Misty Copeland is now the principal ballerina at The American Ballet Theatre. Being a professional ballerina is an achievement many hope for but few achieve. This is because it is not easy. I don’t know a lot about ballet but I appreciate the art. Besides talent, it takes hard work and a lot of beating of one’s body.
Now, being a principal ballerina is something phenomenonal. In the video Misty shares her dreams for and through her dance. What strikes me is not what she wants to achieve for herself.
I wrote “The NOT Definition Of Hard Work” and that got a few people excited. Now the question some have asked is, “What Is The Definition Of Hard Work”. I’ve said some of my peace on what it is not, now let me state what it is.
Of course, this is not a comprehensive definition. As with many things there are contextual factors. Thus, I’m not likely to cover everything. I could just flip everything I wrote in the earlier blog post but I’d rather not. Feel free to read it here and decipher the other side of it. So, on the definition of hard work:
Social media is accepted as an normal extension of ourselves in everyday life. There are personas and then the truth. Sometimes a goulash of both. As in real life, you will do stupid things. Unfortunately maybe even something you regret.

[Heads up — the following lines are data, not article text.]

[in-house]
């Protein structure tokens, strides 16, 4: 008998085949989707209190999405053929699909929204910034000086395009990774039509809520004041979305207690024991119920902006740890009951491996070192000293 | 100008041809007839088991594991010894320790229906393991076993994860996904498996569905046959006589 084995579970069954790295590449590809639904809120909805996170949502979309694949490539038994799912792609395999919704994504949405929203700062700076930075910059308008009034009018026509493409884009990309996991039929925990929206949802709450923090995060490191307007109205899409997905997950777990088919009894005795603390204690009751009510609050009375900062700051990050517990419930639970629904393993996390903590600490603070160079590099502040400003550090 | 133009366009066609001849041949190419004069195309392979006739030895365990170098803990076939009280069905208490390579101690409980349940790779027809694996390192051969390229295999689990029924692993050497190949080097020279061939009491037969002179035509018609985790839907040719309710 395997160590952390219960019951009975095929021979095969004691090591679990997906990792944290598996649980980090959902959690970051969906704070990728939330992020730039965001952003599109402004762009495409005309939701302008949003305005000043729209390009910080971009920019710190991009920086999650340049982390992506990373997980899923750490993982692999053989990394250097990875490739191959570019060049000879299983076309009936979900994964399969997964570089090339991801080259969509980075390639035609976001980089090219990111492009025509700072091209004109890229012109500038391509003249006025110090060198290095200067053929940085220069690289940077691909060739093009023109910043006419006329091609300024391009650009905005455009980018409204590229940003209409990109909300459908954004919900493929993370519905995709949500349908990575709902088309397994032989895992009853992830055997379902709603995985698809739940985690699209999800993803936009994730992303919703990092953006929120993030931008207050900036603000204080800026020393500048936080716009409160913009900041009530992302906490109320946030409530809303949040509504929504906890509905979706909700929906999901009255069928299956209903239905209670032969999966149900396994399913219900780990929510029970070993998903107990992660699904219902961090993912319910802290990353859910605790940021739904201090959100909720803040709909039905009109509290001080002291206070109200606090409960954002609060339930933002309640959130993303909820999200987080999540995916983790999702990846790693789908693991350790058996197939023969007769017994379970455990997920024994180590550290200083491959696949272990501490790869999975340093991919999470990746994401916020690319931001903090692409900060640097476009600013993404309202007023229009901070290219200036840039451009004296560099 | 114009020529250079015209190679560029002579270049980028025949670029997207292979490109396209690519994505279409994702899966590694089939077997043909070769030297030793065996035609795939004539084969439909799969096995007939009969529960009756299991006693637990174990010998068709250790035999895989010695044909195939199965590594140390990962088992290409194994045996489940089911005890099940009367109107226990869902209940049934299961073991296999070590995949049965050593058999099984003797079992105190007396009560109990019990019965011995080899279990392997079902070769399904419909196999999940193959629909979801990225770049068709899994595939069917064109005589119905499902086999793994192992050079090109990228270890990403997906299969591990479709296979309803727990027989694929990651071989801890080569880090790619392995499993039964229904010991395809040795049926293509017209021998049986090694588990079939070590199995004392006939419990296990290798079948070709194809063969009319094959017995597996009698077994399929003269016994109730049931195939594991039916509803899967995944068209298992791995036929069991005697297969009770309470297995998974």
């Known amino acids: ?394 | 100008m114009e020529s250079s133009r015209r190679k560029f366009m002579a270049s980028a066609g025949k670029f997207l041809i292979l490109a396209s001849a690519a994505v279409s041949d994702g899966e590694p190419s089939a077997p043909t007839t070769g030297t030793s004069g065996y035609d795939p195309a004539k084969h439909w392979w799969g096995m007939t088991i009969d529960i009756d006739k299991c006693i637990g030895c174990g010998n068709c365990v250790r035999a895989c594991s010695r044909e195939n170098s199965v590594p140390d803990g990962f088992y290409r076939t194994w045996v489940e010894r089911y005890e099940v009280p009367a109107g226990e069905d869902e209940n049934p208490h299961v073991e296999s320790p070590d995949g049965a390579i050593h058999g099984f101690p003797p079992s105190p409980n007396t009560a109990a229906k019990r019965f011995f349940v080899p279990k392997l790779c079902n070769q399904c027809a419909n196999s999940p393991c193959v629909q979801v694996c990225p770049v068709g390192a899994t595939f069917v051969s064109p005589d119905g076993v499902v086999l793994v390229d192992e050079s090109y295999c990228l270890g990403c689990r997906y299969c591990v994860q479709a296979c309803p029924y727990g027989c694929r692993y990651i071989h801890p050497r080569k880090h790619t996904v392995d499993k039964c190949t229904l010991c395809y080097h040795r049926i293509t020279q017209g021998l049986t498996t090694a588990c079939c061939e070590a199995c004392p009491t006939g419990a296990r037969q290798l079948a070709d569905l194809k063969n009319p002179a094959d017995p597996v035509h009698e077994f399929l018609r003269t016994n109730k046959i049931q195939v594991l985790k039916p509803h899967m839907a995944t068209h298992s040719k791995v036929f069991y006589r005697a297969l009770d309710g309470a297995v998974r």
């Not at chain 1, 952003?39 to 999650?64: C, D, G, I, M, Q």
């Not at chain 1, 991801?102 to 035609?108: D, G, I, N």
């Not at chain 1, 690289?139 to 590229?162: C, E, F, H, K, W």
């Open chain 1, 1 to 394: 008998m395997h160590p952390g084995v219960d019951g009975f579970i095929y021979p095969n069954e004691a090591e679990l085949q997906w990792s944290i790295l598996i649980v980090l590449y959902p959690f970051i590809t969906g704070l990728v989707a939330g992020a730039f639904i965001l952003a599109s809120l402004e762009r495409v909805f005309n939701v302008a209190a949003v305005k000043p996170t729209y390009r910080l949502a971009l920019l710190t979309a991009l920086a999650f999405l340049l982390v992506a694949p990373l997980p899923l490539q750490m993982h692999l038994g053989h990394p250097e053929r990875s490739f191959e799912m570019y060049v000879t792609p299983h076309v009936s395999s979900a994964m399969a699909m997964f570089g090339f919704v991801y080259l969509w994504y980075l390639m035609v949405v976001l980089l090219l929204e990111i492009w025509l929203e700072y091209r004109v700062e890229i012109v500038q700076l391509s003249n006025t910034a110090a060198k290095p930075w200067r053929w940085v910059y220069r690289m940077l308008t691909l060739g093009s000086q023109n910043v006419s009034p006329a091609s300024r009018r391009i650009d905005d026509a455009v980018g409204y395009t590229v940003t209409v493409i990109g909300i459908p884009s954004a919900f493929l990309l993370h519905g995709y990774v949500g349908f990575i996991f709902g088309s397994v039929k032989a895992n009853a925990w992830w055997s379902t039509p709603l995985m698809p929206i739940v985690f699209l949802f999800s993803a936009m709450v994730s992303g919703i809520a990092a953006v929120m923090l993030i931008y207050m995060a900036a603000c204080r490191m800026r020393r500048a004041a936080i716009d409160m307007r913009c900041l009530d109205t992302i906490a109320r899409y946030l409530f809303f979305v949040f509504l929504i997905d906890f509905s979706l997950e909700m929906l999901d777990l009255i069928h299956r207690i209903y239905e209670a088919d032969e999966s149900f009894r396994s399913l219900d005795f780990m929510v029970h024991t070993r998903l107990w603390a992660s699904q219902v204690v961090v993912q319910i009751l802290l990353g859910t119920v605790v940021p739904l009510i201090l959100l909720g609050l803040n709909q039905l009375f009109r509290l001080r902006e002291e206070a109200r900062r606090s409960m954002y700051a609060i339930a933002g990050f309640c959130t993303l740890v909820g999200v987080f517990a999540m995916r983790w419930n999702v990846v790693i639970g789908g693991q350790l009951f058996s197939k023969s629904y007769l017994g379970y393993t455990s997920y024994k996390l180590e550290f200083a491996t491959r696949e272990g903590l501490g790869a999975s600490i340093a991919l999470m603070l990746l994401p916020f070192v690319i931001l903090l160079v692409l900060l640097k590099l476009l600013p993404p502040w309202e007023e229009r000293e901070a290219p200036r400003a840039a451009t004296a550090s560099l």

We will all eventually do something dumb on social media. It is, unfortunately, inevitable. It’s like tripping over yourself – we’ve all done it (and sometimes really publicly) but we always (eventually) recover. Our egos are the most bruised, by the way, even though we may feel otherwise in the moment.
We’re multi-dimensional. Some people only know some aspects about us. The reason could be we only want to them to see something particular about who we are.
In other instances, there is behavior that is considered appropriate for particular contexts. It can be what is expected or what we think is expected of us. Either way, we put on the display for the context.
We’re all schizophrenic. We’re not always the people we are when we’re in the company of self. If we haven’t marred who we are by juggling through many personalities of the diverse scenarios we’re often in, we’re most ourselves when we’re alone.